MitraClip in Severe MR: 5 Year Mortality Rate Similar to Surgery

Courtesy of Dr. Carlos Fava.

Mitral regurgitation accounts for around 25% of valvular diseases and is a strong mortality predictor in heart disease.

One of the challenges of this disease is that patients respond favorably to medical treatment for a long time, which makes hard to establish the right time to perform an intervention without increasing risk and compromising survival.


Trained operators typically prefer surgical repair. However, edge-to-edge valve repair with MitraClip is a valid alternative for patients at high surgical risk.


This study looked at 568 patients receiving MitraClip, 173 undergoing surgery, and 295 undergoing medical treatment.

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Those treated with MitraClip were older, compared against the two other groups, and had higher rates of atrial fibrillation, prior MI, myocardial revascularization surgery, PCI, definite pacemaker implantation, STS score and kidney failure (eGFR <45 ml/min). There were no differences between patients undergoing surgery and medical treatment.


Survival for the MitraClip group at 1, 3 and 5 years was 83.8%, 61.5% and 39.8% respectively; for surgery, 87.9%, 76.3% and 66%; and for medical treatment 77.3%, 55.6% and 40.5%. Survival was superior with surgery and MitraClip vs. medical treatment, but there were no differences between surgery and the percutaneous strategy.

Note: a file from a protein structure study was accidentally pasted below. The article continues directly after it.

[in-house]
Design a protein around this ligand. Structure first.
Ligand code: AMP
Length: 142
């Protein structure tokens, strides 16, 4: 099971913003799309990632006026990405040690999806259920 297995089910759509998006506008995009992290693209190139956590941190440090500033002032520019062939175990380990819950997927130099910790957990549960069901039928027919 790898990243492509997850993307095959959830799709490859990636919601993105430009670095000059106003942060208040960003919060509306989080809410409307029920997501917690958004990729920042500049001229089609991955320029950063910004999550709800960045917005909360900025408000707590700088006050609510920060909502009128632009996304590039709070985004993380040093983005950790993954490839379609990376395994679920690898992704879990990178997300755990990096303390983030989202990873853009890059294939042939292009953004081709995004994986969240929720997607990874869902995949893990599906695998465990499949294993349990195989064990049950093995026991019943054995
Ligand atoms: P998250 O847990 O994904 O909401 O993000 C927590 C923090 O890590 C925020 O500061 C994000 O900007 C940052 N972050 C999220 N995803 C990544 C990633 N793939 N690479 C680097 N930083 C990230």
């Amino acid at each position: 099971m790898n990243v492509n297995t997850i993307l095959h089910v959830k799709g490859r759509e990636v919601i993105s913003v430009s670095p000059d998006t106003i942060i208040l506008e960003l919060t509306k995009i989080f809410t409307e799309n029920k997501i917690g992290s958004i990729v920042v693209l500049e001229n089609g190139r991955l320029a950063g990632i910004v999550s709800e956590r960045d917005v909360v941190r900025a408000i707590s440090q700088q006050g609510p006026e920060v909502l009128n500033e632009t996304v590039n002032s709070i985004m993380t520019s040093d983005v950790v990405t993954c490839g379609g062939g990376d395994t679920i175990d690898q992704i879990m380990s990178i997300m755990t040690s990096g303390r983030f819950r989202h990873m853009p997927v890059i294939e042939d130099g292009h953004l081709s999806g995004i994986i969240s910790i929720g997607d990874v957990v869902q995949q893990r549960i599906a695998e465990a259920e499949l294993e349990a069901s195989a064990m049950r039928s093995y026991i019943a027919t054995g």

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Propensity Score matching was done to homogenize the sample, which resulted in higher mortality with the conservative treatment vs. the invasive strategies. However, there were no differences between invasive strategies.



This analysis suggests lower mortality with MitraClip in symptomatic high-risk patients with severe mitral regurgitation, compared against the conservative strategy.



This analysis of ‘real world’ patients shows the MitraClip presents good results with similar mortality compated against surgery, despite MitraClip patients had more comorbidities than those undergoing surgery and medical treatment. MitraClip patients presented superior outcomes compared against medical treatment, and similar outcomes compared to surgery, with no negative impact.


We should resort to edge-to-edge more often, seeing as more and more studies are proving its benefits.


Courtesy of Dr. Carlos Fava.


Original title: Survival After Mitraclip Treatment Compared to Surgical and Conservative Treatment for High-Surgical-Risk Patients with Mitral Regurgitation.

Reference: Friso Kortlandt, et al. Circ Cardiovas Interv 2018;11:e005985.DOI10.1161

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